In America, on the fourth Thursday in November, we celebrate Thanksgiving. Thanksgiving is a day to get together with family and friends and reflect on our blessings – which are many!

One of my ancestors, Peregrine White, was the first child born to the Pilgrims in the New World.

November 1620

During November of 1620, Peregrine’s mother, Susanna, gave birth to him aboard the ship Mayflower anchored in Provincetown Harbor. His father, William, died that winter – a fate shared by about half of the Pilgrim settlers. (Imagine being a newly-widowed, single mother with two children in the wilderness of the New World.) Here’s a more detailed story from the History Channel:

https://www.history.com/this-day-in-history/mayflower-departs-england

The Pilgrims faced death and uncertainty in a new, little-explored land. Why? For many, it was to establish a place where they could worship freely and establish a life outside the direct control of the English crown. For others, it was the chance to live freely and establish a place to earn a productive living.

With the help of Native Americans that allied with and befriended them, they learned how to survive in this “New World.” Today, we can be thankful for our freedom because of the help of some of the native inhabitants and the sacrifices that the Pilgrims made.

Another interesting history lesson about the Pilgrims was that they initially decided that all food and land should be shared communally. But after the first dismal winter, and almost starving to death, they changed their minds. They decided that each family should be given a plot of land and be able to keep the fruits of their labors. Thus, those that worked hardest could, in theory, reap the benefits of their extra labor. There would be no forced redistribution of the bounty.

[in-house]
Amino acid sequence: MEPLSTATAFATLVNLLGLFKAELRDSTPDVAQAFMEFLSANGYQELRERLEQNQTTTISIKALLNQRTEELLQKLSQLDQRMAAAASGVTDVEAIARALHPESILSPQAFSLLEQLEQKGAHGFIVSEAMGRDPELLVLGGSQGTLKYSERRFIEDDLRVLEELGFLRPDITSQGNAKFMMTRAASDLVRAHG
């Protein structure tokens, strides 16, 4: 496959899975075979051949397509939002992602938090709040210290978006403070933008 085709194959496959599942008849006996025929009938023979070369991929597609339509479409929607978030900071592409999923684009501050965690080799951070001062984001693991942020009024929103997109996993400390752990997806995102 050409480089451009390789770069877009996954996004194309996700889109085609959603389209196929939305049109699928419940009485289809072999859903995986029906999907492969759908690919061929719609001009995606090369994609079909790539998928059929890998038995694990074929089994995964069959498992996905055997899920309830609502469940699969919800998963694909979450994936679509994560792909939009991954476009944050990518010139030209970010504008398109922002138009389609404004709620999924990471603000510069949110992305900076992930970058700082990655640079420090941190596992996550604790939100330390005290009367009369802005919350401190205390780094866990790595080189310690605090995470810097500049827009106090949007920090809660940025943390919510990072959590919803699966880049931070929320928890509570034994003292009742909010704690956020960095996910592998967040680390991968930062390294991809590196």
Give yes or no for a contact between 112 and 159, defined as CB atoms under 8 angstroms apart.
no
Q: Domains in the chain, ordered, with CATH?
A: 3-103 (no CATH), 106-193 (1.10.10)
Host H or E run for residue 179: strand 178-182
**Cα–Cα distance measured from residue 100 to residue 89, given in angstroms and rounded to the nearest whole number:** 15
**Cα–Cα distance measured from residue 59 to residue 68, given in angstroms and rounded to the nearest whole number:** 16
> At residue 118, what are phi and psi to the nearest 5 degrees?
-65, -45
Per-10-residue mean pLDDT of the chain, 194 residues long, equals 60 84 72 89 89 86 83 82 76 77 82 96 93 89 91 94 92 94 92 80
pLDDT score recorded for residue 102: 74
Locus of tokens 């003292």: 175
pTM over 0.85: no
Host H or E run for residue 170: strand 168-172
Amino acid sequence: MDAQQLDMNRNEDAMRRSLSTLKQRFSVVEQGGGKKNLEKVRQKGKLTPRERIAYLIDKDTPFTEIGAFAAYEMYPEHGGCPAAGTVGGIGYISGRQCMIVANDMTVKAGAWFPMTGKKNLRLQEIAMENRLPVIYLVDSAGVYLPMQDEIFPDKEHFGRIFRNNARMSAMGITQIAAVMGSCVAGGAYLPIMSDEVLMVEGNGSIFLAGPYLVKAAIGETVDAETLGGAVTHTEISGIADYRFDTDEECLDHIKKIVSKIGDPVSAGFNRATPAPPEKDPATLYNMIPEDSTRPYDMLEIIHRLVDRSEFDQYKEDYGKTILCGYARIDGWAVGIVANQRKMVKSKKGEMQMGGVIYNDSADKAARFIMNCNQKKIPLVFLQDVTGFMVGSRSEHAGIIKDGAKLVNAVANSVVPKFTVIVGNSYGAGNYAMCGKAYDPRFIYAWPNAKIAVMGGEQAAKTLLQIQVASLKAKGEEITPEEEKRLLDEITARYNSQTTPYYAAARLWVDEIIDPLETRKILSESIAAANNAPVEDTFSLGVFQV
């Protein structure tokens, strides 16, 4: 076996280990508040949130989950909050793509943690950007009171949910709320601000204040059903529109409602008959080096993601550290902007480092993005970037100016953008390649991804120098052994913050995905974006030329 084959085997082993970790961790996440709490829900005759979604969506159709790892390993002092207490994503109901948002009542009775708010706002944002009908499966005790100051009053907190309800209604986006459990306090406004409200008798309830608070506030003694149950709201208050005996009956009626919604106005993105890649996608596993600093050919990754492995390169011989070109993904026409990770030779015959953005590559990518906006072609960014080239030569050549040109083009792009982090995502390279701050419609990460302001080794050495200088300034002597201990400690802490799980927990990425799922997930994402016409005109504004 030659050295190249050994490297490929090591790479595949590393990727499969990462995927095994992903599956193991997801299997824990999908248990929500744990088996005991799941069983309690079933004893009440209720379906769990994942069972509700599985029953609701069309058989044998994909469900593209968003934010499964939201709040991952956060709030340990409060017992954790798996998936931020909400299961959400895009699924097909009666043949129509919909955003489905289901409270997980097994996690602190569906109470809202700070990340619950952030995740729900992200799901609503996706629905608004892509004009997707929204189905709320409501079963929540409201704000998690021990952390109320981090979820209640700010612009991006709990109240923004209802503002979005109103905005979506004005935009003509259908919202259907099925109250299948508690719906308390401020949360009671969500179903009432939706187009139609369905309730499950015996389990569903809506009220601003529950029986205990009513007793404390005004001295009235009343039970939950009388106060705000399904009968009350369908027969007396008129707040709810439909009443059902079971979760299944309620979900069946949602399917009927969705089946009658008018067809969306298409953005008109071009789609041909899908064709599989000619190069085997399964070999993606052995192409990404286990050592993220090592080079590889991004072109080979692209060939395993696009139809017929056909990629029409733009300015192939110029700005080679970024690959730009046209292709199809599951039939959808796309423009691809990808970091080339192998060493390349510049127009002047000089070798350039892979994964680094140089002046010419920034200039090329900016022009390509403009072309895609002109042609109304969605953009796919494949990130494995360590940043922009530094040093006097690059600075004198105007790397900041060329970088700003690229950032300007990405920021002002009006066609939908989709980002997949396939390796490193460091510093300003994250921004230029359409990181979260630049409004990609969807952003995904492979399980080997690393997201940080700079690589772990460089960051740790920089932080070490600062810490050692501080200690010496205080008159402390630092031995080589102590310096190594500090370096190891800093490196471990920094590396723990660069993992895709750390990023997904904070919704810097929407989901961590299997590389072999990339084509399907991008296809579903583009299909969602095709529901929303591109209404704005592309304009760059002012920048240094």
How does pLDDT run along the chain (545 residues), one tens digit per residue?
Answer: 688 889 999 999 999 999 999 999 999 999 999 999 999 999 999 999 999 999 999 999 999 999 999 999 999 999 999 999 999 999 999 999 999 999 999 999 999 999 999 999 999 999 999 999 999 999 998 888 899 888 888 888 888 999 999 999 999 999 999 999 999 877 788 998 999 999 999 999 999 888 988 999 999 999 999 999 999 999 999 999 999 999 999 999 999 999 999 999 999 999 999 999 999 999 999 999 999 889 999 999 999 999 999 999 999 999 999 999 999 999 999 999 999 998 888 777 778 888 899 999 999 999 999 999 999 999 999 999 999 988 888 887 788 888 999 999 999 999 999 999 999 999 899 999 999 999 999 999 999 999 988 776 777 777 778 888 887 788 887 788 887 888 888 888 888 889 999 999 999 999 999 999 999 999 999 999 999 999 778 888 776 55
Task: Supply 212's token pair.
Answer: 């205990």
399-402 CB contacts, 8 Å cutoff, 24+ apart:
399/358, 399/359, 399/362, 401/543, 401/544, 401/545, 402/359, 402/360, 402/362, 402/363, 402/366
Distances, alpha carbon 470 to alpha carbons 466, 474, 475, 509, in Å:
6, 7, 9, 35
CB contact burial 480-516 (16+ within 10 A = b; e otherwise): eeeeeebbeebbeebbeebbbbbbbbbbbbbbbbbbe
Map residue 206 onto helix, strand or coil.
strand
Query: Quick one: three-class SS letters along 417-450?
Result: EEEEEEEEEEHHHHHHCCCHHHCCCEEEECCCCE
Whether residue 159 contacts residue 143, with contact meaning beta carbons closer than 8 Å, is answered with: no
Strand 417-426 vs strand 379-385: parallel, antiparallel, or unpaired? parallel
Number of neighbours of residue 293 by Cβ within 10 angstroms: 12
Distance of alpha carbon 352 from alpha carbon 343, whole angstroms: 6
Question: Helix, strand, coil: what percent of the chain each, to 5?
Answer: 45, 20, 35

The result? A much more bountiful harvest, for which, everyone was thankful. Thus, private property and keeping the fruits of one’s labor led to increased productivity, a more bountiful harvest, and relative prosperity.

This is the root cause of Thanksgiving.

This story of the cause of Thanksgiving bounty is passed down from generation to generation in my family. We are descendants of Peregrine White, the baby born aboard the Mayflower. We don’t want to forget the sacrifices and the reasons for success.

Governor William Bradford

Would you like more proof? Read the words of the first governor of the Plymouth Colony, William Bradford:

“And so assigned to every family a parcel of land, according to the proportion of their number, or that end, only for present use (but made no division for inheritance) and ranged all boys and youth under some family. This had very good success, for it made all hands very industrious, so as much more corn was planted than otherwise would have been by any means the Governor or any other could use, and saved him a great deal of trouble, and gave far better content. The women now went willingly into the field, and took their little ones with them to set corn; which before would allege weakness and inability; whom to have compelled would have been thought great tyranny and oppression.

Quoted from William Bradford, Of Plymouth Plantation 1620-1647, ed. Samuel Eliot Morison (New York: Knopf, 1991), p. 120.

Happy Thanksgiving!

Enjoying Thanksgiving